There are two different stages to completing the wildlife check.
Stage A: Check the biodiversity webmap
1. View the biodiversity webmap
2. Find your property using the search bar on the top of the map by adding your postcode or address
3. Use the plus and minus buttons on the left-hand side to zoom in and out and use the mouse to move around the map.
When you click on your property, a pop-up box will appear and show certain constraints at that site. For example, woodland, woodland buffer or Great Crested Newt Impact Risk Zone. Where there are multiple constraints for a site the pop-up box may say '1 of 2' or '1 of 3'. Use the arrow button on the top right of the pop-up box to scroll through the options.
4. Click on your property to identify if it is located within:
- the 'woodland buffer' - meaning there is a woodland within 200m of your property.
- the 'water buffer' - meaning there is a pond or other body of water within 250m of your property.
- either a red or amber risk zone for Great Crested Newt. You can disregard the results for Great Crested Newt if the results show that your property is in either the “white” or “green” zone.
5. Make a note of the results
If you wish, you can turn the map layers on and off by using the first button, the 'layer list' button, underneath the search bar. This allows you to tick or untick any layers and may make viewing the map easier. The second button brings up the map key.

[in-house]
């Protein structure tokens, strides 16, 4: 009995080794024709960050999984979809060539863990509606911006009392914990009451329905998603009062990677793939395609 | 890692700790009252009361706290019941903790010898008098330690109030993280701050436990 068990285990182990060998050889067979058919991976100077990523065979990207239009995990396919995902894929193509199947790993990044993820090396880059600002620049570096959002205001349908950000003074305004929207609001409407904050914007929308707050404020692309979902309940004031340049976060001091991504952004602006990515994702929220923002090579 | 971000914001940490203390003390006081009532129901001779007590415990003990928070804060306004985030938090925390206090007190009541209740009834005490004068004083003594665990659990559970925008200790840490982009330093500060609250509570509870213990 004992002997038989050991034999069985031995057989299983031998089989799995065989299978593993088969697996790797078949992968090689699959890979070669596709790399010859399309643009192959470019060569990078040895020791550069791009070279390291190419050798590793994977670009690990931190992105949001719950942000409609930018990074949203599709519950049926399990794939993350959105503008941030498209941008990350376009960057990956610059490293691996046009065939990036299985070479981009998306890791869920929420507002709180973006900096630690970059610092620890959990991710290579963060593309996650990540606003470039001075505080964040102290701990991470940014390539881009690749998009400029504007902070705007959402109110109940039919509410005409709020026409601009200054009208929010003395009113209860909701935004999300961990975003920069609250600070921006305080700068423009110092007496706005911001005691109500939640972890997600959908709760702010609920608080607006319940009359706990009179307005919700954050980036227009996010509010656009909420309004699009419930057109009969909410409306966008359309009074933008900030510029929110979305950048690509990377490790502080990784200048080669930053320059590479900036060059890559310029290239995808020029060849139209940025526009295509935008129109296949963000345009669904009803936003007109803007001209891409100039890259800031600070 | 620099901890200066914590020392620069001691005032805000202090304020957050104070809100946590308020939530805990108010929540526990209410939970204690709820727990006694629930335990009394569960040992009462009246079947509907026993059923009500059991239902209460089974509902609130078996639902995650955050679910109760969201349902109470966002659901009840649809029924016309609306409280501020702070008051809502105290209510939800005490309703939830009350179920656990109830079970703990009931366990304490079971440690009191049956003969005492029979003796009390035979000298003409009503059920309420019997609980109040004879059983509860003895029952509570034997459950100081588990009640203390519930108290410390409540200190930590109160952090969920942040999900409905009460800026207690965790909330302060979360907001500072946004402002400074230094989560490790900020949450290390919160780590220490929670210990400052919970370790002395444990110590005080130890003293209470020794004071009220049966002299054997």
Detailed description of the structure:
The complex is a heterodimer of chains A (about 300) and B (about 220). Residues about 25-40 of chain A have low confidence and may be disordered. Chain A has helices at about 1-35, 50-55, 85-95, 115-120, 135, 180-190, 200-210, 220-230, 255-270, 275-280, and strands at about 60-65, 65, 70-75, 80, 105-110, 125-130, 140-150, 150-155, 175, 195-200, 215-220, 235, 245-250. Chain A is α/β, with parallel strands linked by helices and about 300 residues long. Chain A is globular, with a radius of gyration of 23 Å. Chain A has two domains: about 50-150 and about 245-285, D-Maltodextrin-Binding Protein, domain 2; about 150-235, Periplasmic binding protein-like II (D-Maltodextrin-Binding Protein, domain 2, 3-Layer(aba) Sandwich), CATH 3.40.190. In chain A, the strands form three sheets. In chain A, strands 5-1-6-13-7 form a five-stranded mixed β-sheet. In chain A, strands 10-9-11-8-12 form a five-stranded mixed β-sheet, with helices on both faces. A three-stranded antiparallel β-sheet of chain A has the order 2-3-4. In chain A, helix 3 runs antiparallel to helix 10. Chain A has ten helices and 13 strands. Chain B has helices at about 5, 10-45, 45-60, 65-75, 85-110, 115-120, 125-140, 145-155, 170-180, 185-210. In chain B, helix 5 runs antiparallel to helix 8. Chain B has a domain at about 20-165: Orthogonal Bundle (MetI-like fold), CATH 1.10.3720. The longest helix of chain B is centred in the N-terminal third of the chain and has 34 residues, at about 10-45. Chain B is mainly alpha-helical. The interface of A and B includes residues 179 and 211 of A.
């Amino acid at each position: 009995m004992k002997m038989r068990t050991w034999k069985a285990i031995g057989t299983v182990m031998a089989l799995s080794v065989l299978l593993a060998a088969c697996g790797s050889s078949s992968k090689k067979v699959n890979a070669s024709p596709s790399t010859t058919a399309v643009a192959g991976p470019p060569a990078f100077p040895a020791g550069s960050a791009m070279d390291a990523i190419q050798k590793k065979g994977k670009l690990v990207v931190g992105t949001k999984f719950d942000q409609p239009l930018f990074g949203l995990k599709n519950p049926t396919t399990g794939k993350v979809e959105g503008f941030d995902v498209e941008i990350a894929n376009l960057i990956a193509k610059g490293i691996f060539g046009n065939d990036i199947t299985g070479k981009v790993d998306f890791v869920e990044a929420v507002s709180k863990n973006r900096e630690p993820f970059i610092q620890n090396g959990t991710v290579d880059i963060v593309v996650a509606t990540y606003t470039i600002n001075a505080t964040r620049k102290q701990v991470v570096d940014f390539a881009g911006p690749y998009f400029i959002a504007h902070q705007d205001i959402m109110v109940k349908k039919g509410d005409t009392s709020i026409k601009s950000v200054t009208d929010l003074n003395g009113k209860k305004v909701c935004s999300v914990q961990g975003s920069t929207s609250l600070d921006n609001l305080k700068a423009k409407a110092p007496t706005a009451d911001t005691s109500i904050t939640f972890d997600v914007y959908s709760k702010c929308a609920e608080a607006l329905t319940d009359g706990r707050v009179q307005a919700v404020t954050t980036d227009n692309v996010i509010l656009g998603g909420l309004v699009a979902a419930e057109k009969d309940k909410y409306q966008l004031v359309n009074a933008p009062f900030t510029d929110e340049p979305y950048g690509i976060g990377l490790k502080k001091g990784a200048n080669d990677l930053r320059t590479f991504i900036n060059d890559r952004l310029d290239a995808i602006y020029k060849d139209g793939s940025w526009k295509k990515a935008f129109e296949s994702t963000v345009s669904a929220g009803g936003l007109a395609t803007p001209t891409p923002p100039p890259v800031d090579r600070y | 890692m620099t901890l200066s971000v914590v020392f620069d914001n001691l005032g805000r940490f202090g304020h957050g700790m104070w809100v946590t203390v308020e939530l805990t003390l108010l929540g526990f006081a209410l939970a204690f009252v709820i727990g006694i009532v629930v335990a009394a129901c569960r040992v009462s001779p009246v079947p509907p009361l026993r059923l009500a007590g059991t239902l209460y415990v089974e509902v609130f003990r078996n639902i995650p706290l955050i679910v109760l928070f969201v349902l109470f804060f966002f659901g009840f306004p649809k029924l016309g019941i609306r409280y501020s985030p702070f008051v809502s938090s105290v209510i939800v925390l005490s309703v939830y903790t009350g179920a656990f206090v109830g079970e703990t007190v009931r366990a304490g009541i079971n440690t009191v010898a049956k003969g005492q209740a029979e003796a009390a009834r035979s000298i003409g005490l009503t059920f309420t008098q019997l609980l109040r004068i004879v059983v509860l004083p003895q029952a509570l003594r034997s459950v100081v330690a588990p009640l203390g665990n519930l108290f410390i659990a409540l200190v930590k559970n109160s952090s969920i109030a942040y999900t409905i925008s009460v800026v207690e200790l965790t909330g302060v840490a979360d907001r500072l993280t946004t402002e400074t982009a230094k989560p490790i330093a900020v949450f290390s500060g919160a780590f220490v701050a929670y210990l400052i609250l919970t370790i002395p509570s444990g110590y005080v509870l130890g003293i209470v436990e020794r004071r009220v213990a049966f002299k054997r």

Stage B: Answer the questions on the wildlife check
- Go to the wildlife check on the Biodiversity in Planning webpage
- Scroll down the page and press the “start the tool” button
- Find your property using the postcode search, then click on the map to add a marker on your property. Then click the “next” button
- Select “Householder Project”; then click the “next” button
- Complete the questions based on your proposals, using the information gained from the map search where relevant.
Question: What type of works are being carried out?
These definitions will help you answer this first question:
- Gable tops - these are the triangular upper part of a wall at the end of a roof
- Eaves - this is the part of a roof that meets or overhangs the walls of a building
- Weatherboarding - this is a series of horizontal overlapping wooden boards attached to outside walls
- Hanging tiles - these are roof tiles that are attached to vertical walls for cladding or decorative purposes
- Fascia boards - these are a long, straight board that run along the lower edge of the roof along the side of a building
- Soffit boxes - these are commonly located between the main roof and walls of a building, or under porches, to cover the eaves and protect the rafters
Question: Are any of these habitats present nearby?
Use the results of the map search to answer these questions. For example, if the map search indicated your property is within 200m of a woodland, then check “yes” for the question that asks you whether woodland is nearby.
Question: Are you aware of any protected or priority species present within or adjacent to this site?
If you are aware of any protected or priority species, for example, Bats, Dormouse or Great Crested Newt, check “yes”.
- Once you have completed all the questions, press the “next” button
- Check you are happy with your answers on the summary page, then click the “finish” button.
- Download and save the PDF which will contain your results and indicate whether you need to carry out a Preliminary Ecological Appraisal (PEA)